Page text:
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7 lesser-known quotes from Martin Luther King Jr.’s life that still ring true today

52 years ago, on this day, the prolific leader of the non-violent Civil Rights Movement, Rev. Martin Luther King Jr., delivered his iconic “I Have A Dream” speech to an estimated audience of 250,000 in Washington, D.C..

It’s 2015, and MLK’s words from over half a century ago continue to remind us of a dream that will never be diminished, but, by many metrics, has still yet to be accomplished, see this here. When we think back on MLK and his legacy, there’s no doubt most of us are quick to recall this particular event; but, there are many other resounding 5280rehab messages this iconic, movement-building man left for the future to resolve. Check out maximumfitnessvacaville.com. Here are seven that I think are worth remembering:

  1. “We must rapidly begin the shift from a ‘thing-oriented’ society to a ‘person-oriented’ society. When machines and computers, profit motives, and property rights are considered more important than people, the giant triplets of racism, materialism, and militarism are incapable of being conquered.”

Speech: “Why I Am Opposed to the War in Vietnam” (1967)

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  1. “A nation that continues year after year to spend more money on military defense than on programs of social uplift is approaching spiritual doom”

Book: “Where Do We Go From Here: Chaos or Community?” (1967)


  1. “The function of education is to teach one to think intensively and to think critically. Intelligence plus character – that is the true goal of education.”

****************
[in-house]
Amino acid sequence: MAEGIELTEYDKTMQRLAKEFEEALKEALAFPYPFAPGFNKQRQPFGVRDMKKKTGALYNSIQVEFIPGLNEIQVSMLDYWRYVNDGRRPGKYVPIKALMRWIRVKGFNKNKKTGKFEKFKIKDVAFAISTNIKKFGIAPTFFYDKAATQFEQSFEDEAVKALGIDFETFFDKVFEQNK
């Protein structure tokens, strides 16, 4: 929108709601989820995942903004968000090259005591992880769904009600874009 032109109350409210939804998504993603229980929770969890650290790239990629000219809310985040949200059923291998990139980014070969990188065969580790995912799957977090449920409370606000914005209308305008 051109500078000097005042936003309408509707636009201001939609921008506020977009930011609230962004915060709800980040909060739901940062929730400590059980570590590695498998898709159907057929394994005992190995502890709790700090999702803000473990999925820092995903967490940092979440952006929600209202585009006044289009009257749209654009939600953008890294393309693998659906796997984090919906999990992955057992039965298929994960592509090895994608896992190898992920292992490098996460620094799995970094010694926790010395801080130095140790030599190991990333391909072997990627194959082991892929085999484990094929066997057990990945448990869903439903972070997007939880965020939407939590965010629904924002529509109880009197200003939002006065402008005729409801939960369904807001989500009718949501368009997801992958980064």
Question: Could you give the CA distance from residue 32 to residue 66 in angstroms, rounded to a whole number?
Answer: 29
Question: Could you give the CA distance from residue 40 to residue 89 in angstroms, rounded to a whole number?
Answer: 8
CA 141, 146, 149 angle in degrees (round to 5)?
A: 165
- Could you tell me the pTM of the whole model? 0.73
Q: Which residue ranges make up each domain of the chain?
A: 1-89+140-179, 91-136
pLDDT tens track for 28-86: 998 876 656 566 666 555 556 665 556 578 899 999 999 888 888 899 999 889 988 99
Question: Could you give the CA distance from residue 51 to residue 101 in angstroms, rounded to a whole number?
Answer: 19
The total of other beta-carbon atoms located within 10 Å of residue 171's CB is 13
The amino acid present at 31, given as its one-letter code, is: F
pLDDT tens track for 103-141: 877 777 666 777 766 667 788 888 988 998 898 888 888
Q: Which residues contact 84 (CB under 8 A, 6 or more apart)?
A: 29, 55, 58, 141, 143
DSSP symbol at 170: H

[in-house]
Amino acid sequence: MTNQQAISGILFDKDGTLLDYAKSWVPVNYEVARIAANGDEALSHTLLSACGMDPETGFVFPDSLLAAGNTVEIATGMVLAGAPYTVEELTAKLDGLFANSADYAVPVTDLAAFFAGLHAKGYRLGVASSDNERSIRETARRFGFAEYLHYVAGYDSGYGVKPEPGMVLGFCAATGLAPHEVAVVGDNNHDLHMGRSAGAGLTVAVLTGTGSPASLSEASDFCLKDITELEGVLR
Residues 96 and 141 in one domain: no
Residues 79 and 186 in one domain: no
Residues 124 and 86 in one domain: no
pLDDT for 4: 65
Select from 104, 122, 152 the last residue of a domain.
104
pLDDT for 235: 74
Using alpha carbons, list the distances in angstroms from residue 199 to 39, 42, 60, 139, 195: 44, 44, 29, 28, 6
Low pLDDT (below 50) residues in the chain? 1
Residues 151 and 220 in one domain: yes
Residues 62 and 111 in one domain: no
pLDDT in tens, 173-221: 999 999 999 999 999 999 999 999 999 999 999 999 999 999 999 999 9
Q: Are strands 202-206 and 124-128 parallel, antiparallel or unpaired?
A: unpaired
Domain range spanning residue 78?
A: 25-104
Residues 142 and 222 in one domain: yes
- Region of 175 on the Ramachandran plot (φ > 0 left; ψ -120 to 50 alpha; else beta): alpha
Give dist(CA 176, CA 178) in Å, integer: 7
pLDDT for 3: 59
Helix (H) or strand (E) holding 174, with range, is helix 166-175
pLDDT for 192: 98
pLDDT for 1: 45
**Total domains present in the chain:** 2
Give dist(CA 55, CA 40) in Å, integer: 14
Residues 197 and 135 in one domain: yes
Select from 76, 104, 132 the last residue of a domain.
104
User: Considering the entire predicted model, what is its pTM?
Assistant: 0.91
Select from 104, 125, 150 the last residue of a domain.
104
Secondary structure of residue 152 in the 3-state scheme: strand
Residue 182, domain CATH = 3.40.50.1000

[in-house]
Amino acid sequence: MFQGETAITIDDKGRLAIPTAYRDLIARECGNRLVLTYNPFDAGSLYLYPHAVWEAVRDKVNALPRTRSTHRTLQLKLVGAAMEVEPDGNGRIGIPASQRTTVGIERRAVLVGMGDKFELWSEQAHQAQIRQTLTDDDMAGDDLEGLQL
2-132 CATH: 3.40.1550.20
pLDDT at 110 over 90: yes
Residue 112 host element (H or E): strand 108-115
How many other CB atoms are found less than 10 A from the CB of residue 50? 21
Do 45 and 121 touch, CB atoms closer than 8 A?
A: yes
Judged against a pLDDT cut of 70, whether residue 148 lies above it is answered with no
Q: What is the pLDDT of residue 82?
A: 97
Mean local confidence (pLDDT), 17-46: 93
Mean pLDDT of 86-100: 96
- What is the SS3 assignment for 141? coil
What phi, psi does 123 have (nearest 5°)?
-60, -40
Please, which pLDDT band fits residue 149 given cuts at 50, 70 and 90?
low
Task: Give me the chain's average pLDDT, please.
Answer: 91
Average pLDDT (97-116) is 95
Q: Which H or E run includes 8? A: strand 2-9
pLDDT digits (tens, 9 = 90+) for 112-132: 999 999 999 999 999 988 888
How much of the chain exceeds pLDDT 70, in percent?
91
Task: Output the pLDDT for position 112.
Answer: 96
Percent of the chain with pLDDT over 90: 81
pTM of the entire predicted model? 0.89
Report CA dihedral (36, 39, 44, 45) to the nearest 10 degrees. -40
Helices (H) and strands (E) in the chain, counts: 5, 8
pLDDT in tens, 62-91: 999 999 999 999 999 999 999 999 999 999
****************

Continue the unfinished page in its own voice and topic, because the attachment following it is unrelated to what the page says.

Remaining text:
Essay: “The Purpose of Education” (1947)


  1. “Freedom is never voluntarily given by the oppressor; it must be demanded by the oppressed.”

“Letter from Birmingham City Jail” (1963)


  1. “Over the past few years I have been gravely disappointed with the white moderate. I have almost reached the regrettable conclusion that the Negro’s greatest stumbling block in his stride towards freedom is not the White Citizen’s Councilor or the Klu Klux Klanner, but the white moderate, who is more devoted to ‘order’ than to justice; who prefers a negative peace which is the absence of tension to a positive peace which is the presence of justice.”

“Letter from Birmingham City Jail” (1963)


  1. “True compassion is more than flinging a coin to a beggar. It comes to see that an edifice which produces beggars needs restructuring.” click to find out more.

Speech: “Beyond Vietnam” (1967)


  1. “We must be concerned not merely about who murdered them, but about the system, the way of life, the philosophy which produced the murderers.”

Speech: “Eulogy for the Martyred Children” (1963)


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